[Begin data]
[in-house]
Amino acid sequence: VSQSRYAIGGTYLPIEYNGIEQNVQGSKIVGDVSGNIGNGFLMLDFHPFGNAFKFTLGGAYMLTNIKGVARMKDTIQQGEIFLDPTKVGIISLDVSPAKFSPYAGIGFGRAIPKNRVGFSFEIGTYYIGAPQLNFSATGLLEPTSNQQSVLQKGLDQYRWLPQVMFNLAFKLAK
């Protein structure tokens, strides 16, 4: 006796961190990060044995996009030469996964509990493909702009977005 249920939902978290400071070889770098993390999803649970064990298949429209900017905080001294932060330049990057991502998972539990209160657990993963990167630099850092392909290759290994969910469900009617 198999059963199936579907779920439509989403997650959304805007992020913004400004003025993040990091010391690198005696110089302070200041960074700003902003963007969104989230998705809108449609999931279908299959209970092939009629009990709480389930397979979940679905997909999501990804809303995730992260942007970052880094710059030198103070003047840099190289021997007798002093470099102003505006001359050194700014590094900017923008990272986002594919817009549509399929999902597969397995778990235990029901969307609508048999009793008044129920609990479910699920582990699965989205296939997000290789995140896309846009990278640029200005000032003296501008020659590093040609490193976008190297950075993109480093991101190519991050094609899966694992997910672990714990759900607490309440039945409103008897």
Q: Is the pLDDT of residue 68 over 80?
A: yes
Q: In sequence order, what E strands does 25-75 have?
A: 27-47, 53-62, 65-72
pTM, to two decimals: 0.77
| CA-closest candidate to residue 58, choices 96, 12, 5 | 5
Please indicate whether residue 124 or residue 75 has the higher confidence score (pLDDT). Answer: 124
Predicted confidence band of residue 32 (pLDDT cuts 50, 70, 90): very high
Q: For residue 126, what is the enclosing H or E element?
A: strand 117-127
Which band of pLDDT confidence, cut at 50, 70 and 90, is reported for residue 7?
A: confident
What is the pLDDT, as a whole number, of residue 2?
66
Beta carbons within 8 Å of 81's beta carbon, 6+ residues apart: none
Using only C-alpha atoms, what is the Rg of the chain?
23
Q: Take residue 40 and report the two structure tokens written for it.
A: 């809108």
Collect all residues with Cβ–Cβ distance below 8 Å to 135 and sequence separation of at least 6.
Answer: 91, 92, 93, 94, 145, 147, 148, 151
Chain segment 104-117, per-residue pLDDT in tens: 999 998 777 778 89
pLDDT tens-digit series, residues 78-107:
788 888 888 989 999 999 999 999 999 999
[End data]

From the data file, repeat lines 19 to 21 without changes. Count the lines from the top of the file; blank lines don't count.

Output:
Using only C-alpha atoms, what is the Rg of the chain?
23
Q: Take residue 40 and report the two structure tokens written for it.